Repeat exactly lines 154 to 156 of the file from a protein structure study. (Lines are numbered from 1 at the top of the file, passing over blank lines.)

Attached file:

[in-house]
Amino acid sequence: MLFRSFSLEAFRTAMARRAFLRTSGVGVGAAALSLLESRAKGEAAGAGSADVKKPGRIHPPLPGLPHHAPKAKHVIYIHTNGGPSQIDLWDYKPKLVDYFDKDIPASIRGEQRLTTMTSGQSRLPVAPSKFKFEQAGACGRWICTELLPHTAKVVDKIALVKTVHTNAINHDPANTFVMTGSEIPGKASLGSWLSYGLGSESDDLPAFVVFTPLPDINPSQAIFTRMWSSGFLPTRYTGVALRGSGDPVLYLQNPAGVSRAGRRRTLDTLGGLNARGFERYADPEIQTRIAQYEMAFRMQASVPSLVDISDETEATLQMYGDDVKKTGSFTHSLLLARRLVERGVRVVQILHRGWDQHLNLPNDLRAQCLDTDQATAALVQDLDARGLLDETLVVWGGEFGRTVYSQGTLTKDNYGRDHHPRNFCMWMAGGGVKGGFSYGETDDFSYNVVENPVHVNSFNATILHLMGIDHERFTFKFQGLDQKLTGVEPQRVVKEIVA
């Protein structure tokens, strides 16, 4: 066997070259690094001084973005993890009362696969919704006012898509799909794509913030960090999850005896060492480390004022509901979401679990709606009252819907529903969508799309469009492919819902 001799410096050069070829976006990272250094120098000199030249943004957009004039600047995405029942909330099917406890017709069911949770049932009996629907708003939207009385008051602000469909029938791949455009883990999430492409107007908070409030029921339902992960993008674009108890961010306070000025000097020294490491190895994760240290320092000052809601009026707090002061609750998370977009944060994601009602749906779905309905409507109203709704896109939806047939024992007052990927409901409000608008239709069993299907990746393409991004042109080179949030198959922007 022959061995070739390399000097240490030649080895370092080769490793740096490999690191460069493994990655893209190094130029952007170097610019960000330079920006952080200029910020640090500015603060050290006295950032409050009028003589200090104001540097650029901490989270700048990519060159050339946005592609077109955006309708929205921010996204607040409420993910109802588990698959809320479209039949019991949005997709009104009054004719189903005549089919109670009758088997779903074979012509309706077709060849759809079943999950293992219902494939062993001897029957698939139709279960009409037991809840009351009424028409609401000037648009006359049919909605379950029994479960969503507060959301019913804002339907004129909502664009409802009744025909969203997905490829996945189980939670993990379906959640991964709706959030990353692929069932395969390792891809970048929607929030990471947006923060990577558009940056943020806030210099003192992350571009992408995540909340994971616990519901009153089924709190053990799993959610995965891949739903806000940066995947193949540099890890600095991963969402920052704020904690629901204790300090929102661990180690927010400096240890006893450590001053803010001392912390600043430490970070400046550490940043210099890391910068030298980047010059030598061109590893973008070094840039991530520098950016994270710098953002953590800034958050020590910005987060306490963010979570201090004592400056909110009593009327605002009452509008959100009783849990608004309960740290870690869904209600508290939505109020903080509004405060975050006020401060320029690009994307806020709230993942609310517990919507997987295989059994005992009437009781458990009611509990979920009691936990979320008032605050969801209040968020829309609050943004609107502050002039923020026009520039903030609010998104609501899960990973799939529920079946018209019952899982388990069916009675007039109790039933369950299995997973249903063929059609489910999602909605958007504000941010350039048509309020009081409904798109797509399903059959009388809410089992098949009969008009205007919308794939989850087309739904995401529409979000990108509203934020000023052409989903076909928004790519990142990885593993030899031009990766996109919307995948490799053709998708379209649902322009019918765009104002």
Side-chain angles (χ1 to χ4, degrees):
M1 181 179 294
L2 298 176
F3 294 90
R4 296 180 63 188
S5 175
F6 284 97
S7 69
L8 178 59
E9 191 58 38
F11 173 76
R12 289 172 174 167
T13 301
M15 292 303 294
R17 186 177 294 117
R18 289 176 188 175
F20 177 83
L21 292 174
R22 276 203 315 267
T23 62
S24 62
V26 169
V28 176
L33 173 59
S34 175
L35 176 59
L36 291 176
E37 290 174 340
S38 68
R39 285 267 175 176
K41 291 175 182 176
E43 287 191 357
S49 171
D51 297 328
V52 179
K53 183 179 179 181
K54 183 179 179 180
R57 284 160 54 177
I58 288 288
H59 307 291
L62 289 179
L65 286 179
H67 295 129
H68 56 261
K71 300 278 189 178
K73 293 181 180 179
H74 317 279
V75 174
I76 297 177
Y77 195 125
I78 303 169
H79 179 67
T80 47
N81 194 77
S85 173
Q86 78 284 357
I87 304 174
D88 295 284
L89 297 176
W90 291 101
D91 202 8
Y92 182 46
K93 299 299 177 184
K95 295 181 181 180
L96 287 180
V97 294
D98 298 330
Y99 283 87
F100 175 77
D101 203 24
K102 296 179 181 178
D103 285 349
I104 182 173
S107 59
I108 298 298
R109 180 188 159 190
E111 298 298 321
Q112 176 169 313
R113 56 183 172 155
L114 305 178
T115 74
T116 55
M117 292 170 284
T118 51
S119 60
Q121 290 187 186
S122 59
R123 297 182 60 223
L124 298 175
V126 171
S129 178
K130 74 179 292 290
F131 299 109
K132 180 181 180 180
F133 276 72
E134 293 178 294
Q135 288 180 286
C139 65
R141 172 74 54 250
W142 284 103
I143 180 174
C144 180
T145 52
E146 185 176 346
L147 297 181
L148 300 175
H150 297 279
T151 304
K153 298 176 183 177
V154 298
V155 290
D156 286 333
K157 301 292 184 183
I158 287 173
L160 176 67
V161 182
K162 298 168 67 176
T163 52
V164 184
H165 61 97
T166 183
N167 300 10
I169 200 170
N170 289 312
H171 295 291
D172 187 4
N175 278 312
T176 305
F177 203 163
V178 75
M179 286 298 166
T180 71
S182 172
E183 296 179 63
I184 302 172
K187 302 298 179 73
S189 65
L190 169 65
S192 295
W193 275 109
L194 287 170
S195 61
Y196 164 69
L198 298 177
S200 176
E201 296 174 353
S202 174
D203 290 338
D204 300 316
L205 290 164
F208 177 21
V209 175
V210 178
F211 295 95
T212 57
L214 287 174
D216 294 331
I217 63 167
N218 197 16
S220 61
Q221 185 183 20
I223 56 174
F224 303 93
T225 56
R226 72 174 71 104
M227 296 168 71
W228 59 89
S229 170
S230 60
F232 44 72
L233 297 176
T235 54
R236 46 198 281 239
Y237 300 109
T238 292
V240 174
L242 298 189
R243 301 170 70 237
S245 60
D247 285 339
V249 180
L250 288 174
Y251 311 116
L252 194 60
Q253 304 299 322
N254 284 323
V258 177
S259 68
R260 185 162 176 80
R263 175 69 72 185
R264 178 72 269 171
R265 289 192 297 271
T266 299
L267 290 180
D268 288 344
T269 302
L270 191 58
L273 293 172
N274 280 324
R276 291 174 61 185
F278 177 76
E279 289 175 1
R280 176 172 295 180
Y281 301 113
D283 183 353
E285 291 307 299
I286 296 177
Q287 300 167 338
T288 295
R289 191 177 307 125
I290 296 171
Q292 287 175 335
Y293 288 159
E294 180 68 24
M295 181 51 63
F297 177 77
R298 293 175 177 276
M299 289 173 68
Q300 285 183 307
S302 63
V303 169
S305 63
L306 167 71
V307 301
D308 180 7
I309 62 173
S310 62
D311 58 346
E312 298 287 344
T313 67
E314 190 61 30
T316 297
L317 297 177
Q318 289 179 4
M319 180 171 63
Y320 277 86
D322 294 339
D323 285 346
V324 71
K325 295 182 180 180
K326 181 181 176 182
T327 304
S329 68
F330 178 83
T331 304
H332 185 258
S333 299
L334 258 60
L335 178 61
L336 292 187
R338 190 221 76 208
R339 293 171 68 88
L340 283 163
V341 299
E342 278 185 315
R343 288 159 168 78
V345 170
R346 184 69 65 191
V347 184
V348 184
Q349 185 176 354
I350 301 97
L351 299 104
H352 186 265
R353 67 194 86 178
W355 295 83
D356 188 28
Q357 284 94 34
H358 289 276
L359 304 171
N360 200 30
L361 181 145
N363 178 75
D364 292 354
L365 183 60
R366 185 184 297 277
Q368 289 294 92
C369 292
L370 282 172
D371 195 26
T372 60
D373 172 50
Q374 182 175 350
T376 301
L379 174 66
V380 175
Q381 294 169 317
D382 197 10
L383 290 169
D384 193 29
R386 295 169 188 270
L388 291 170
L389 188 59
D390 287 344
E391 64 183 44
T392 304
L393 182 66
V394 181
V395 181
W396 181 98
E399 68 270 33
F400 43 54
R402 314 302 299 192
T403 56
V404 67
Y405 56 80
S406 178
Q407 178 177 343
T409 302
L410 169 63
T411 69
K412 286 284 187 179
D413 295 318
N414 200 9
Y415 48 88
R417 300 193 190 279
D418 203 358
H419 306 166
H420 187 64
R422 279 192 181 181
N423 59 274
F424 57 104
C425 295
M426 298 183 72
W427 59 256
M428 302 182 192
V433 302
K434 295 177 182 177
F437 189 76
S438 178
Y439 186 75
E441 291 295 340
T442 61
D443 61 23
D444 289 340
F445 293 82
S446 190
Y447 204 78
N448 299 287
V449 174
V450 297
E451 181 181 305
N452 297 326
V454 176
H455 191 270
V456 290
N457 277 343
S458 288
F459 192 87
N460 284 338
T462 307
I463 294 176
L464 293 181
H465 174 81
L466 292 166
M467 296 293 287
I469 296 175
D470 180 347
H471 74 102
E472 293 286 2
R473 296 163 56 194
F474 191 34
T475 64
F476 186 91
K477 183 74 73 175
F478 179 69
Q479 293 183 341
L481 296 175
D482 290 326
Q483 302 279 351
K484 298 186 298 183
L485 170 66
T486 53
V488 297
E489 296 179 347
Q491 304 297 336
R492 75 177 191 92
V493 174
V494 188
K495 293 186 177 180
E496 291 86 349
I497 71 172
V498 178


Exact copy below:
F208 177 21
V209 175
V210 178